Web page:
A common problem in GWAS is accounting for effects of population structure. We

Model misspecification, the scale of measurement, and the coefficient of variation

One of the greatest challenges in the vQTL detection is how to choose the scale of measurement on which to draw conclusions about estimated effects. When we detect a SNP whose alleles increase both the mean and the variance, should we interpret it as a vQTL with a significant marginal effect, or a mean-controlling QTL for a trait that was analyzed on the wrong scale? Suppose, for instance, that we had a cylindrical organism (such as a snake or a worm) whose body width increases with its body length, and we have a gene with a strong additive effect on body length, which is itself normally distributed. A GWAS on the volume of this cylindrical organism is likely to detect a QTL controlling both mean and the variance, despite the fact that a simpler explanation is available.

To circumvent such ambiguities, some researchers have used the coefficient of variation (CV; the standard deviation divided by the mean) to detect genotypic effects on the variance

In some cases, the trait is known to be well approximated by a distribution that has a known mean-variance relationship, such as the Poisson or gamma distribution. In such cases, it will often be preferable to model that distribution explicitly and define vQTL parameters as those that alter the variance in a way not already anticipated by concomitant effects on the mean. DGLMs provide a natural basis for such models when the known sampling distribution is member of the exponential family

To illustrate the effect of a misspecified distribution on vQTL detection, we consider the following simulation study in which vQTL-detection methods are applied to a non-normal phenotype. Let the phenotype _{
Y
i
} of individual _{
Y
i
}∼Poisson(_{
μ
i
}), where the individual’s genotype _{
g
i
} affects the phenotype through the relation _{
β
g
}=0.05. This set up is similar to that used in Struchalin et al.

Connections to related literature: relationship QTL, and breeding livestock for uniformity

One interesting possible cause of a vQTL signal arises when a QTL affecting a primary trait of interest also affects another (secondary) trait in a way that can restrict variation of the primary trait (eg, in closely related morphological phenotypes). Cheverud et al.

We further note that several semi-parametric and fully parameterized estimation methods have been developed for animal breeding purposes over the last couple of decades. These methods incorporate the additive relationships between individuals to assess the possibility of reducing phenotypic variability in breeding programs. They are not directly applicable in GWAS nor QTL analysis but the modeling approach is very similar to that of vQTL detection. A future possibility is to perform standard GWAS using estimated breeding values for variability as response. A deeper understanding of new methods for vQTL detection could therefore be obtained by relating these to the already existing literature on genetic heterogenity in animal breeding (see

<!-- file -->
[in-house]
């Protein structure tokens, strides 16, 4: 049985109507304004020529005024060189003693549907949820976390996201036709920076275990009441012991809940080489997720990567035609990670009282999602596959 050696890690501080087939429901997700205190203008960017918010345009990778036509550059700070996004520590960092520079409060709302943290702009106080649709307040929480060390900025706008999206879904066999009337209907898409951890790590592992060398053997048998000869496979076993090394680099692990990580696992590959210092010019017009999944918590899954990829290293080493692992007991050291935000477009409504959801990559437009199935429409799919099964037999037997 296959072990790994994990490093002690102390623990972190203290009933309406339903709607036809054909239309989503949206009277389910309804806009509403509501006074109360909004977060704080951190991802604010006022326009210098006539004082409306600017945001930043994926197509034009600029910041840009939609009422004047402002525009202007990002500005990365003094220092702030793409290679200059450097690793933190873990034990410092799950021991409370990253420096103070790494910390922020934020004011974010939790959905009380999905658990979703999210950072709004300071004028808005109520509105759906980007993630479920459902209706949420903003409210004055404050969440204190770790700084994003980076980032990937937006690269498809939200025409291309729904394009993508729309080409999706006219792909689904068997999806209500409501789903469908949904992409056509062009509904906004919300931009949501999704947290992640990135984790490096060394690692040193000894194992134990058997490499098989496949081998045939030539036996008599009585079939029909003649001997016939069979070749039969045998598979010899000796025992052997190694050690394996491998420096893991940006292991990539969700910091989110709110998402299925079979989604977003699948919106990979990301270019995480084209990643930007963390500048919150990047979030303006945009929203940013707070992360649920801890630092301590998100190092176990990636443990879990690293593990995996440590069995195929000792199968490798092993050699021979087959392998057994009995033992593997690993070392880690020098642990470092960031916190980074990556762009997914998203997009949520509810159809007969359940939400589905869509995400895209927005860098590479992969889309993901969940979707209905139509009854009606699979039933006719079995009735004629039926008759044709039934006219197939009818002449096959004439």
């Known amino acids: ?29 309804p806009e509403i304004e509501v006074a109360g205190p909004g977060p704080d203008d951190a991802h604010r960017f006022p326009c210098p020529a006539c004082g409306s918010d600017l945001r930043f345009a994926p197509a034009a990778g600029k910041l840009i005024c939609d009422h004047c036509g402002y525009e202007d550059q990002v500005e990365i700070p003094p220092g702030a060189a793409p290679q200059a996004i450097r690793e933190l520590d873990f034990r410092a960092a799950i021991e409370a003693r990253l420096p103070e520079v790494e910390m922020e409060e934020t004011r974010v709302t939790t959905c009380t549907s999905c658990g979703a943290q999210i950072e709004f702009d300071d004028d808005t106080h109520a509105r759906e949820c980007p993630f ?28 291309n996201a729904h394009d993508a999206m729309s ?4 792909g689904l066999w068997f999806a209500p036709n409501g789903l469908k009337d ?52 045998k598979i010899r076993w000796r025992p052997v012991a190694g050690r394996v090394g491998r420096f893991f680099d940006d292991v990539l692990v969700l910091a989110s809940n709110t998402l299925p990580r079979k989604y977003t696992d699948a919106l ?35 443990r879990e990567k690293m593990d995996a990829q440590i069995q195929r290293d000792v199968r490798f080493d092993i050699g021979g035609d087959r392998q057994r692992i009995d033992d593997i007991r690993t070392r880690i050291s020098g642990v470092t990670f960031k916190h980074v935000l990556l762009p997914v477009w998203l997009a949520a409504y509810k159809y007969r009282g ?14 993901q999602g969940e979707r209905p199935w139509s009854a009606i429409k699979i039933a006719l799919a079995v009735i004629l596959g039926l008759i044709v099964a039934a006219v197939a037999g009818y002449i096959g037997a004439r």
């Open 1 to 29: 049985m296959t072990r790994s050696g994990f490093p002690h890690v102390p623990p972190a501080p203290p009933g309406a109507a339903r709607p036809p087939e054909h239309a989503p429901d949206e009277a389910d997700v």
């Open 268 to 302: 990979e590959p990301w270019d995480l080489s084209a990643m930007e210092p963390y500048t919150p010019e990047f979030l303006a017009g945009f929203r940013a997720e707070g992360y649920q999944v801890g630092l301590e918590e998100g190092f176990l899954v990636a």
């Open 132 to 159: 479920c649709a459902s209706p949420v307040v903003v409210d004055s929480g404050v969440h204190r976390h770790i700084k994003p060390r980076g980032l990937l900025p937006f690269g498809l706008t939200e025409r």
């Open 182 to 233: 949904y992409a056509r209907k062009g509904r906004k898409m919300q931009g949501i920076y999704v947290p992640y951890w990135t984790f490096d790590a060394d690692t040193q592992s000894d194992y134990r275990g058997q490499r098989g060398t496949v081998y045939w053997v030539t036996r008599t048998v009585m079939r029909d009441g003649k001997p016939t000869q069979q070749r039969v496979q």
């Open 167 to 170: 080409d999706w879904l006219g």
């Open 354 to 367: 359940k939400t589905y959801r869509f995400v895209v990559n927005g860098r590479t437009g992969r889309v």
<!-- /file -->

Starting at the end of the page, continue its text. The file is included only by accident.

Conclusion

Studies that develop statistical methods for vQTL detection, as well as ones that exemplify their use, feed a growing interest in a fascinating emerging area of complex trait genetics. We have reviewed some of the new methods for detecting vQTL, and provided commentary on their respective trade-offs. Classical group-based non-parametric methods such as Levene’s test can be robust to model misspecification but lack flexibility and the scope to include continuous covariates, genotype probabilities (eg imputed genotypes) or random polygenic effects. Parametric methods fully account for the uncertainty of fitted parameters in both the mean and the variance parts of the model, and also allow fitting of covariates and random polygenic effects in both parts, but are more sensitive to modeling assumptions. Semi-parametric or two-stage approaches can be faster but come at the price of shortcuts that in some cases can lead to bias. The choice of method depends on the trait distribution, the need to include non-genetic covariates, and the population size and structure. We advise that the assumptions of the chosen model be evaluated and compared with those of alternatives, and we expect that if this is performed in a careful manner then these methods could be of great use in both the analysis of GWAS and QTL mapping data.

Author’s contributions

Both authors wrote the text and approved the final version of the manuscript.

Acknowledgements

LR recognises financial support by the Swedish Research Council FORMAS. WV acknowledges financial support from the University of North Carolina Lineberger Comprehensive Cancer Center.